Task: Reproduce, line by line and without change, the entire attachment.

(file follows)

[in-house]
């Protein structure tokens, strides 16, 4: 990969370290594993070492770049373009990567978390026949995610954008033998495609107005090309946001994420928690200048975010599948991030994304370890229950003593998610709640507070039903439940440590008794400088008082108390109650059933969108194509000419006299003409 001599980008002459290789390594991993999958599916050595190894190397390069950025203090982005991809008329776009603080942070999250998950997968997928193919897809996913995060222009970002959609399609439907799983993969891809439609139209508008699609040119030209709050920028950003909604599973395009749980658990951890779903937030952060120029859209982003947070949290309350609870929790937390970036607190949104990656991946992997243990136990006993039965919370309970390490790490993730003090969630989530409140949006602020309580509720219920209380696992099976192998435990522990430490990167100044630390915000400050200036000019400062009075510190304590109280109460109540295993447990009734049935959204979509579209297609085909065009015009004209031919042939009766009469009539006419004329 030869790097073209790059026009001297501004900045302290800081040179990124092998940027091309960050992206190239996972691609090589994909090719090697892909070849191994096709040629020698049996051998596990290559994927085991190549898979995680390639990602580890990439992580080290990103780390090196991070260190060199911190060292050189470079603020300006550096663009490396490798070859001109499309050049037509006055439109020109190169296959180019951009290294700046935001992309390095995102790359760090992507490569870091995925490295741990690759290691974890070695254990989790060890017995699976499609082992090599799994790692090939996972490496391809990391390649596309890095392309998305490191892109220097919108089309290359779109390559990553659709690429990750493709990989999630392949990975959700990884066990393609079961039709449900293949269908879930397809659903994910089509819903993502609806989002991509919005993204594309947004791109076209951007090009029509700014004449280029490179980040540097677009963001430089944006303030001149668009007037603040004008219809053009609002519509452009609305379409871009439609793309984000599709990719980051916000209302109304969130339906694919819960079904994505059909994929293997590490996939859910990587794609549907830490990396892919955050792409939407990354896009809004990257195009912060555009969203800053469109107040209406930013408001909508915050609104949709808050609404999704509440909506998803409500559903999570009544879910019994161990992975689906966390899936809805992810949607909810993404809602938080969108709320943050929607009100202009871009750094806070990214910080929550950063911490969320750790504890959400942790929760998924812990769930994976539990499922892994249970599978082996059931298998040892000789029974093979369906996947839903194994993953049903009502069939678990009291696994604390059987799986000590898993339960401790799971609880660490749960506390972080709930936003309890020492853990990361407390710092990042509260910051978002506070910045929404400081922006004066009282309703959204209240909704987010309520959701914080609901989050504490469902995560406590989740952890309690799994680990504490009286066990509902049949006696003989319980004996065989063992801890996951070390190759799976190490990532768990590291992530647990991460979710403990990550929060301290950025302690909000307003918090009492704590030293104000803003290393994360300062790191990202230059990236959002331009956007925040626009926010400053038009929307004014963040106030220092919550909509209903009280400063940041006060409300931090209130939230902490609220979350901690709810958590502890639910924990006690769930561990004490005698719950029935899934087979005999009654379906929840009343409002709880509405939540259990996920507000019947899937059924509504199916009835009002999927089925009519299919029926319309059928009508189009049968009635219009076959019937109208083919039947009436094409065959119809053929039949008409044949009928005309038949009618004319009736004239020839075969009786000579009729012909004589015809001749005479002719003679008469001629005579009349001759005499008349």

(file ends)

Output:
[in-house]
């Protein structure tokens, strides 16, 4: 990969370290594993070492770049373009990567978390026949995610954008033998495609107005090309946001994420928690200048975010599948991030994304370890229950003593998610709640507070039903439940440590008794400088008082108390109650059933969108194509000419006299003409 001599980008002459290789390594991993999958599916050595190894190397390069950025203090982005991809008329776009603080942070999250998950997968997928193919897809996913995060222009970002959609399609439907799983993969891809439609139209508008699609040119030209709050920028950003909604599973395009749980658990951890779903937030952060120029859209982003947070949290309350609870929790937390970036607190949104990656991946992997243990136990006993039965919370309970390490790490993730003090969630989530409140949006602020309580509720219920209380696992099976192998435990522990430490990167100044630390915000400050200036000019400062009075510190304590109280109460109540295993447990009734049935959204979509579209297609085909065009015009004209031919042939009766009469009539006419004329 030869790097073209790059026009001297501004900045302290800081040179990124092998940027091309960050992206190239996972691609090589994909090719090697892909070849191994096709040629020698049996051998596990290559994927085991190549898979995680390639990602580890990439992580080290990103780390090196991070260190060199911190060292050189470079603020300006550096663009490396490798070859001109499309050049037509006055439109020109190169296959180019951009290294700046935001992309390095995102790359760090992507490569870091995925490295741990690759290691974890070695254990989790060890017995699976499609082992090599799994790692090939996972490496391809990391390649596309890095392309998305490191892109220097919108089309290359779109390559990553659709690429990750493709990989999630392949990975959700990884066990393609079961039709449900293949269908879930397809659903994910089509819903993502609806989002991509919005993204594309947004791109076209951007090009029509700014004449280029490179980040540097677009963001430089944006303030001149668009007037603040004008219809053009609002519509452009609305379409871009439609793309984000599709990719980051916000209302109304969130339906694919819960079904994505059909994929293997590490996939859910990587794609549907830490990396892919955050792409939407990354896009809004990257195009912060555009969203800053469109107040209406930013408001909508915050609104949709808050609404999704509440909506998803409500559903999570009544879910019994161990992975689906966390899936809805992810949607909810993404809602938080969108709320943050929607009100202009871009750094806070990214910080929550950063911490969320750790504890959400942790929760998924812990769930994976539990499922892994249970599978082996059931298998040892000789029974093979369906996947839903194994993953049903009502069939678990009291696994604390059987799986000590898993339960401790799971609880660490749960506390972080709930936003309890020492853990990361407390710092990042509260910051978002506070910045929404400081922006004066009282309703959204209240909704987010309520959701914080609901989050504490469902995560406590989740952890309690799994680990504490009286066990509902049949006696003989319980004996065989063992801890996951070390190759799976190490990532768990590291992530647990991460979710403990990550929060301290950025302690909000307003918090009492704590030293104000803003290393994360300062790191990202230059990236959002331009956007925040626009926010400053038009929307004014963040106030220092919550909509209903009280400063940041006060409300931090209130939230902490609220979350901690709810958590502890639910924990006690769930561990004490005698719950029935899934087979005999009654379906929840009343409002709880509405939540259990996920507000019947899937059924509504199916009835009002999927089925009519299919029926319309059928009508189009049968009635219009076959019937109208083919039947009436094409065959119809053929039949008409044949009928005309038949009618004319009736004239020839075969009786000579009729012909004589015809001749005479002719003679008469001629005579009349001759005499008349």